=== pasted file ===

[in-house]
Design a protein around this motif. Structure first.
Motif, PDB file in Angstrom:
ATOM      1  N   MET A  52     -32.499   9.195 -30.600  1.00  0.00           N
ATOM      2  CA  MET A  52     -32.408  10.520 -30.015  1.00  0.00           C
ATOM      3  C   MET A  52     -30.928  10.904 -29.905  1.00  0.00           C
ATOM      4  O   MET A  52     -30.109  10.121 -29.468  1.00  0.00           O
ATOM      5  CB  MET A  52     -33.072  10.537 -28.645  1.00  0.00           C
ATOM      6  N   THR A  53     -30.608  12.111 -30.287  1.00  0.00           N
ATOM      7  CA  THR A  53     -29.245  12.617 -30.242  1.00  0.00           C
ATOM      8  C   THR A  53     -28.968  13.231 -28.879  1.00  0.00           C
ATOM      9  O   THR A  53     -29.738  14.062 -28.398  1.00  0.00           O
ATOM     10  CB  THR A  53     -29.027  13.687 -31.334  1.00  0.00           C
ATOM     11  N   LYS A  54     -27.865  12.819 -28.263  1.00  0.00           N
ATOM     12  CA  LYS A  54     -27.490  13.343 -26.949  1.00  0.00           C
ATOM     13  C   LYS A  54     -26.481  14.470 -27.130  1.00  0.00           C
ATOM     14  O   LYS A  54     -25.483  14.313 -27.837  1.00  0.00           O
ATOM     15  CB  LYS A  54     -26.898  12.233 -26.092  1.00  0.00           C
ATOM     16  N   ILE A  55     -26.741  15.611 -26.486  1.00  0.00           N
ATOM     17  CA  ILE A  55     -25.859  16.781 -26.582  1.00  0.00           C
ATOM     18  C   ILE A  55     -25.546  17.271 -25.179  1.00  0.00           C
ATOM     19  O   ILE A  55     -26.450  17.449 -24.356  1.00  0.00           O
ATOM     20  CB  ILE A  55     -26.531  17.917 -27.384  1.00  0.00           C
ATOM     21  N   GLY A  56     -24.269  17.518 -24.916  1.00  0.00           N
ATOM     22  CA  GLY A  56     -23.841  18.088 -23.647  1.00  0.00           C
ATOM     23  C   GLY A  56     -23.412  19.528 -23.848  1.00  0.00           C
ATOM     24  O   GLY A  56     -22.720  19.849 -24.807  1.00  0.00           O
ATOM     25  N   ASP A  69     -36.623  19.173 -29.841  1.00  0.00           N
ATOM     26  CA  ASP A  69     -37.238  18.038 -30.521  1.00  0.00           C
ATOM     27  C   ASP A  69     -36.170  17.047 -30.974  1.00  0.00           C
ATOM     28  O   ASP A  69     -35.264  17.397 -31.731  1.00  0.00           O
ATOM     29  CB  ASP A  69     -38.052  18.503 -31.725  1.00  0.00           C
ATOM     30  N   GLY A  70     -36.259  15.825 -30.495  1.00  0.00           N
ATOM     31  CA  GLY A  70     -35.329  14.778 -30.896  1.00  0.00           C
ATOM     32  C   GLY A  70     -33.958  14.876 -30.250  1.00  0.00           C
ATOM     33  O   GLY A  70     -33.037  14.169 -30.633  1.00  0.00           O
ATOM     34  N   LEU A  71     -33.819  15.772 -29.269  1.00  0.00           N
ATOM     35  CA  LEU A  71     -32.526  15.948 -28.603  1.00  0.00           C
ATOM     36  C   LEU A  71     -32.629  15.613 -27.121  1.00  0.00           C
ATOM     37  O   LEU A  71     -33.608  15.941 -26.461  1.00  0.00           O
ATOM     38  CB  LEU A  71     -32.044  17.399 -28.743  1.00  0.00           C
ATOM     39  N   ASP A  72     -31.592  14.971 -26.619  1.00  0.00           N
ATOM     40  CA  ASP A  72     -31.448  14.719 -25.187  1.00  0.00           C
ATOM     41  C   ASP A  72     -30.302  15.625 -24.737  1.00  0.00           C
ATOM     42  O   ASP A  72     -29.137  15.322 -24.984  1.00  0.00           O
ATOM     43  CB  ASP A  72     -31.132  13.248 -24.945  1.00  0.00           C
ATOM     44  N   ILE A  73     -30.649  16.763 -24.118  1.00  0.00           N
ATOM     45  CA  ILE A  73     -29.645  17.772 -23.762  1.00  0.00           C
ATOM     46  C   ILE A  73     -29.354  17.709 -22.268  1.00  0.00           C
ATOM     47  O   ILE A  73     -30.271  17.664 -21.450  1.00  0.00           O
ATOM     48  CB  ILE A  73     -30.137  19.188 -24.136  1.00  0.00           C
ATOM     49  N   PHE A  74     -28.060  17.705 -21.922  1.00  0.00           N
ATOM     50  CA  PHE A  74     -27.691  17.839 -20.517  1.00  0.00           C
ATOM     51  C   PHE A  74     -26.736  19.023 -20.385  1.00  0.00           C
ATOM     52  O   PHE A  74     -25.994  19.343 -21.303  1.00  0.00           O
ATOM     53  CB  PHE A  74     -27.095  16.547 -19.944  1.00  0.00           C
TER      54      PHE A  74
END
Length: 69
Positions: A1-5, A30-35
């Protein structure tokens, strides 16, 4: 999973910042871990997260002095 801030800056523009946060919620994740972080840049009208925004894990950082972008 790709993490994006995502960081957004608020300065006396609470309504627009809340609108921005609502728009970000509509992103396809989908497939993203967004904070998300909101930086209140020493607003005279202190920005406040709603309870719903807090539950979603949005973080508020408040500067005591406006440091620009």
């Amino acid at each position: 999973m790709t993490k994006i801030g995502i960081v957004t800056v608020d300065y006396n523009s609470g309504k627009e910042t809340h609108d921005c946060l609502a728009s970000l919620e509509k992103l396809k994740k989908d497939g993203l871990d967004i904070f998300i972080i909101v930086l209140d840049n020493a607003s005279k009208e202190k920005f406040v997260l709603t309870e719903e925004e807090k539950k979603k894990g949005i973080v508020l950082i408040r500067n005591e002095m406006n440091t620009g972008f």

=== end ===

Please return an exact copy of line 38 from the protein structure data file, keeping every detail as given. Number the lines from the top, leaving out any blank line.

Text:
ATOM     35  CA  LEU A  71     -32.526  15.948 -28.603  1.00  0.00           C